We have one of the highest federal tax rates for corporations in the developed world at 35 percent. Mexico’s corporate tax rate is 30 percent. The United Kingdom’s is 19 percent. Canada’s is 15 percent.
That’s bad enough, but here’s the kicker: Most U.S. small businesses are unincorporated, and three-quarters are organized as pass-throughs. That means they pay taxes at the individual rate, which can be even higher. Today, the highest federal tax rate for individuals is above 40 percent. When you add in state taxes, a lot of small businesses end up sending close to half of their income to the government.
That’s why small-business owners support the Tax Cuts and Jobs Act, which is slated to receive a vote in the Senate before the end of the year. The National Federation of Independent Business (NFIB), which is the leading small-business organization in Florida, urges Sens. Bill Nelson and Marco Rubio to support the measure.
The Senate bill would provide relief by creating a 17.4 percent deduction on pass-through income up to $500,000.
That deduction would result in a significant reduction in taxes for small businesses regardless of their tax bracket. And it would be available to all small businesses, including service providers such as car mechanics and carpenters.
This matters because high taxes are taking a toll on small businesses.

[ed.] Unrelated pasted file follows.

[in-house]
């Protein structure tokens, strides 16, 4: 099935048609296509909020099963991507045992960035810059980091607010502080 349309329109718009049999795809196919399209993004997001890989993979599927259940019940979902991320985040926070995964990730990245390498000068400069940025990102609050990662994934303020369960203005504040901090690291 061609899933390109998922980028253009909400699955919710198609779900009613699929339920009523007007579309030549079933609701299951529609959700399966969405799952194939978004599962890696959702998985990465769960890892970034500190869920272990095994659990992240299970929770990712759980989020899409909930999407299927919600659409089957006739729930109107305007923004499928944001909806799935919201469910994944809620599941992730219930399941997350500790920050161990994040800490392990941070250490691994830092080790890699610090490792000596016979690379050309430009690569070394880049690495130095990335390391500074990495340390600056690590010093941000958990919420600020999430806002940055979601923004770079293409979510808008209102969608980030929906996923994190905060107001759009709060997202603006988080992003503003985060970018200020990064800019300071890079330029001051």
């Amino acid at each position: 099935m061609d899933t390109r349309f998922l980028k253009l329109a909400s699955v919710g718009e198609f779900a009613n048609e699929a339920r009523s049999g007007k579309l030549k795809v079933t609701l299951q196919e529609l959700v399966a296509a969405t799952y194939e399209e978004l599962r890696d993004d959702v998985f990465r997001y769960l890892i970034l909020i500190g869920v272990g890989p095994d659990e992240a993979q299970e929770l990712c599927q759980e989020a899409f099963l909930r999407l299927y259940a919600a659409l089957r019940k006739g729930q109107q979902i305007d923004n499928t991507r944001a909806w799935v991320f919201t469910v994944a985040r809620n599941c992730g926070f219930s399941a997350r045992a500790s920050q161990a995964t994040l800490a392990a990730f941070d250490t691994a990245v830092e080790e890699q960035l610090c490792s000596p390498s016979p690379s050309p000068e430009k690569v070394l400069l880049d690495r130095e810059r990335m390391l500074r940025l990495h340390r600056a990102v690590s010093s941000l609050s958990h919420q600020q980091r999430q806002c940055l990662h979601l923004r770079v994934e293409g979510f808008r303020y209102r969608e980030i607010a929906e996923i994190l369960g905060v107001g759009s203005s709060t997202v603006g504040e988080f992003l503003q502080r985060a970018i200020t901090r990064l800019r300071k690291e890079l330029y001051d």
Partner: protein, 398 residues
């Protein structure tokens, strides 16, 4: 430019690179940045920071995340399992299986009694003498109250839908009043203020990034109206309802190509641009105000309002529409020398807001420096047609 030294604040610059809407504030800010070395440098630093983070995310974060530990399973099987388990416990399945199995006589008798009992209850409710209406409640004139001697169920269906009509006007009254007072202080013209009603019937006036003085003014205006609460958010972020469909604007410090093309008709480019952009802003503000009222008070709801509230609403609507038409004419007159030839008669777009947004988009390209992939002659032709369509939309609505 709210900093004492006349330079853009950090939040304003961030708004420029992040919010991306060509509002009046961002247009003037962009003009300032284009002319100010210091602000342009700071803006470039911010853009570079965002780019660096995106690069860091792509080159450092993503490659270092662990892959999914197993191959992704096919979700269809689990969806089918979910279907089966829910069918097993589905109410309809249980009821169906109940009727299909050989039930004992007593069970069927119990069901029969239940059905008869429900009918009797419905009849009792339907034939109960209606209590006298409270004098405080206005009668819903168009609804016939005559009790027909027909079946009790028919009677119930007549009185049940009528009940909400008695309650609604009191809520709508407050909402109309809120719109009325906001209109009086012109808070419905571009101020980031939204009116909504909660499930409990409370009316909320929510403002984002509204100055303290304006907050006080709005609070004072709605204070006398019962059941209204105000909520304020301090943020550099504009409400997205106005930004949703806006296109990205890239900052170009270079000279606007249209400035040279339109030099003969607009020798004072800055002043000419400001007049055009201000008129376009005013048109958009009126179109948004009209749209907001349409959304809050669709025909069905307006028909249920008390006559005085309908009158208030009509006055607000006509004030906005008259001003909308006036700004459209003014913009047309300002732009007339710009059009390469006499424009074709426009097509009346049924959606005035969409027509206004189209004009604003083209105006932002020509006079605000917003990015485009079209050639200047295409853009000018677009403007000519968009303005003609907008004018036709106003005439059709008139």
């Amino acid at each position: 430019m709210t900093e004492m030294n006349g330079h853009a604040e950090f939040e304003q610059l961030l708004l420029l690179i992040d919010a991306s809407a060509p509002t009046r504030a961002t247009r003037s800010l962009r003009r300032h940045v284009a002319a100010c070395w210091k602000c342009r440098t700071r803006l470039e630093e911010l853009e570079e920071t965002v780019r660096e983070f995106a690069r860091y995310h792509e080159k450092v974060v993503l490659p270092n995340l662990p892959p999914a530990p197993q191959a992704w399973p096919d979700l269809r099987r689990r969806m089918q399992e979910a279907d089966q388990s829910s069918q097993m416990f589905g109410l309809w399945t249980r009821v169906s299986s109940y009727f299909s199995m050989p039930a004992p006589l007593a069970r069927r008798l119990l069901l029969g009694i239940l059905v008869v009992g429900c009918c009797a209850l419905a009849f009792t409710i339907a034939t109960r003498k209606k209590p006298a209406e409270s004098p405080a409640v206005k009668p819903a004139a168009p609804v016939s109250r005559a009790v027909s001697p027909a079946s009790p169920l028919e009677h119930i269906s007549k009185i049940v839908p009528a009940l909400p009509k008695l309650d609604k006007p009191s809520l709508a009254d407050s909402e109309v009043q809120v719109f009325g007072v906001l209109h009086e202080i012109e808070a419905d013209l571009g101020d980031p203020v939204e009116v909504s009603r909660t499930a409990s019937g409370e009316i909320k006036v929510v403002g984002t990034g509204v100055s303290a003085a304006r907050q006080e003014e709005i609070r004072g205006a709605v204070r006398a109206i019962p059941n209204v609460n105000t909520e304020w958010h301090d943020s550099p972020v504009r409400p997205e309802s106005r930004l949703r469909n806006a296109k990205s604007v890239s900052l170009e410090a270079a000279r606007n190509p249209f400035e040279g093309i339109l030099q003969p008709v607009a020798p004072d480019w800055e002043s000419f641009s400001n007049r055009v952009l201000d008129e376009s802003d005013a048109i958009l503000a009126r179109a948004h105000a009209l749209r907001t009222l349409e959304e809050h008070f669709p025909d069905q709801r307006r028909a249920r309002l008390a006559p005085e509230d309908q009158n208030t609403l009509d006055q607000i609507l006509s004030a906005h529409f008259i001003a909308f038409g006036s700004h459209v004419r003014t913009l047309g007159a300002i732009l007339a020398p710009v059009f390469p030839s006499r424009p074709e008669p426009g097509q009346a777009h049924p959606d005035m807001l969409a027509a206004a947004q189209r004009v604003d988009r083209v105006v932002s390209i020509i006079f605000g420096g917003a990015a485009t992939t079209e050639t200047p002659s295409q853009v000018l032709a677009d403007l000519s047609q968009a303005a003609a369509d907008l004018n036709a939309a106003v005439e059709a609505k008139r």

Every couple of years we ask our members to evaluate 75 issues facing small businesses. On last year’s survey, half of the top 10 issues were related to taxes.
Our members say taxes are too high, and they say that the tax code is too complicated. Small businesses waste too much time and money trying to comply with the ever-changing rules and regulations.
Small-business owners are encouraged that the president and congressional leaders acknowledge the need to cut taxes for small businesses. Small business accounts for 99.9 percent of all employers in this country, and it employs about half our nation’s private-sector workforce. Over the next several weeks, NFIB will be working to ensure that tax reform becomes law. That way, small businesses can continue to lead America’s next great era of prosperity.
BILL HERRLE, TALLAHASSEE
Editor’s note: Bill Herrle is executive director of the National Federation of Independent Business/Florida, the state’s leading small-business association.